For the Record...
by Mary Nell Wyatt
(First published in newsletter # 16 in Sept.
During the course of Ron's work on the various projects, numerous people have wanted
to become involved. Some have felt Ron was unqualified to continue the work because of his lack
of credentials and they pursued independent research without Ron.
While initially, some of these people declared a belief in the validity of certain discoveries,
they today have changed their opinion. And we fully believe everyone has a right to their own
opinion. However, sometimes all of the facts concerning some of the independent research isn't
made available along with the "change of opinion", so we felt it was time to discuss some of these
matters. Although we are supposed to meet opposition with the same meek Spirit as Christ
displayed, we are obligated to state the simple facts so that people may have the means to make
an intelligent decision as to what they believe.
The 1987 Radar Scans
Jointly Sponsored by
Ataturk University and
Staff of Los Alamos National Labs
One month after the official dedication of Noah's Ark, independent radar scans were
performed on the site. We were given a copy of what we were told was the "official" report of those
scans. However, to be sure it was authentic, I took a copy of it to Turkey on our June 1992 tour and
when Salih Bayraktutan met Ron and I in Erzurum on our last afternoon there, I personally showed
it to him and asked if it was authentic. (I felt he would certainly know since his name was listed as
co-author of the report. Salih is a professor at Ataturk University in Erzurum and is a member of the
commission that was established to study Noah's Ark.) He assured me it was the official report. It
JULY 1987 GEOPHYSICAL INVESTIGATION OF NOAH'S ARK
(DURUPINAR SITE) MAHER VILLAGE, DOUBAYAZIT, ARI
JOHN R. BAUMGARDNER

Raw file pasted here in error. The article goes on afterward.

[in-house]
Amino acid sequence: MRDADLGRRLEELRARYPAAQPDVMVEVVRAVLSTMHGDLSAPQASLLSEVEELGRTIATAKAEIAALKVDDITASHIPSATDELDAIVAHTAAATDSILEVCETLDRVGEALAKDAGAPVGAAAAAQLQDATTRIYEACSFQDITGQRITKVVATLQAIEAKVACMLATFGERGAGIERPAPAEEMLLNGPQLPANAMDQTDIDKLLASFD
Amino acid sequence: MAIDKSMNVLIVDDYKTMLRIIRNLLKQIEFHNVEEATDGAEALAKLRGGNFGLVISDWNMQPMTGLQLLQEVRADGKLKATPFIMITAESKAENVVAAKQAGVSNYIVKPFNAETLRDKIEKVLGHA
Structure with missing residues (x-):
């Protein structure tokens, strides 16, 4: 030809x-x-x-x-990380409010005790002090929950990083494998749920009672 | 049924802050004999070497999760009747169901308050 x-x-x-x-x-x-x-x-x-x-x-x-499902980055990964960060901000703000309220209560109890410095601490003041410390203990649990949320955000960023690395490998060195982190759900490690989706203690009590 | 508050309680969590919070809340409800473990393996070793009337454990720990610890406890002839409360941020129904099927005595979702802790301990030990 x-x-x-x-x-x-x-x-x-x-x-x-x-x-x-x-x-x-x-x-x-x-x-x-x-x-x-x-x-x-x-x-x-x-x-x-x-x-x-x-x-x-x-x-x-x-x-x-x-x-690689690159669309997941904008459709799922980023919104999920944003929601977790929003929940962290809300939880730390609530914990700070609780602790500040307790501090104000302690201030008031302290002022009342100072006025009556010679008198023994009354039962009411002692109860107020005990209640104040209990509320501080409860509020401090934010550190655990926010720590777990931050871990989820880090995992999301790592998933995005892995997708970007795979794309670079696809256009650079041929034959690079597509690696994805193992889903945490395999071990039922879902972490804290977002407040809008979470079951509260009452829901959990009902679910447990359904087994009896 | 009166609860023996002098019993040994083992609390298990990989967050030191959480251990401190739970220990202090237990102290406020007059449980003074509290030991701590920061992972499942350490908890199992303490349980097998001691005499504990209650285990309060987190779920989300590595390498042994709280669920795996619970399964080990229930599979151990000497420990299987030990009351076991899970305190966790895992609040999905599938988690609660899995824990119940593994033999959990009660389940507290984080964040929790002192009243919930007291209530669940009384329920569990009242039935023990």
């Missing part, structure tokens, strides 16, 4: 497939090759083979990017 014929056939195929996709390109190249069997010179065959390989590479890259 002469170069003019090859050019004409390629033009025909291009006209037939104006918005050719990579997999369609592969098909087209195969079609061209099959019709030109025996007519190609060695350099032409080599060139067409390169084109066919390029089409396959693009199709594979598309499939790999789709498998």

UNIVERSITY OF CALIFORNIA
LOS ALAMOS NATIONAL LABORATORY
M. SALH BAYRAKTUTAN
FACULTY OF ENGINEERING
This report explains in highly technical language the process and data of their radar scans,
which were performed by "geologist/radar operator Thomas Fenner" (p 6). The scans were
performed with an
"SIR System-8 ground penetrating radar manufactured by Geophysical Survey
Systems of Hudson, New Hampshire", whose "antenna was dragged across the site on transects
spaced two meters apart. Radar pulses approximately 5 nanoseconds in width were transmitted at
a repetition rate of 50 kHz" (p. 2) with "the radar operating at a frequency of 120 MHZ in order
to achieve the maximum penetration" (p. 8).
In summarizing the data, the report states:
"The most noteworthy feature observable in the data of Figure 7 is the V-shaped reflector
that is particularly evident in the transects between y=-6 m and y=-50 m. When the topographical
variation of the surface is taken into account, one finds that this feature is almost planar in form.
The large amplitude of the back-reflected radar signal suggests a large contrast in the dielectric
properties of the two sides of a sharply defined interface. The material above the interface
presumably is the clay soil observable at the ground surface and exposed to several meters depth
in the scarp surrounding the site and in cracks and gullies in the adjacent mudflow environment.
The crucial issue is the type of material which lies below the interface. Is it bedrock that
rises up through the mudflow to form something like a small island around which the flow moves?
Or is the material something other than bedrock. At least two considerations suggest that it is not
bedrock. The first is that in the transects between y=2 m and y=20 m and x>0 in the vicinity of the
rock that outcrops at the surface, one does not observe consistently strong reflections of a similar
character. The most likely candidate for the bedrock material is the calc-schist rock that forms the
hills on either side of the mudflow channel and that comprises the outcrop near the middle of the
site. Since the low amplitude radar returns near the outcrop imply a small dielectric contrast
between the clay soil and calc-schist rock, the strong reflections of the prominent V-shaped feature
are probably not caused by a transition from clay soil to a calc-schist bedrock.
A second consideration which argues that the material below the reflecting interface may
not be bedrock is that in several scans, especially between y=-18 m and y=-38 m, there is a double
reflection, suggestive of a layer, rather than a simple transition into a material many meters thick.
To find such an extensive, almost planar, layer buried within a channel through which a huge
volume of mudflow material has moved in a chaotic fashion is highly anomalous from the standpoint
of known landslide and debris flow mechanics. If the layer pertains to a buoyant man-made
structure, the layer's present setting suggests that the structure has been transported to the present
location by a landslide event where it was stranded upon the rock which now outcrops near the
middle of the site." (Pps. 8 & 10).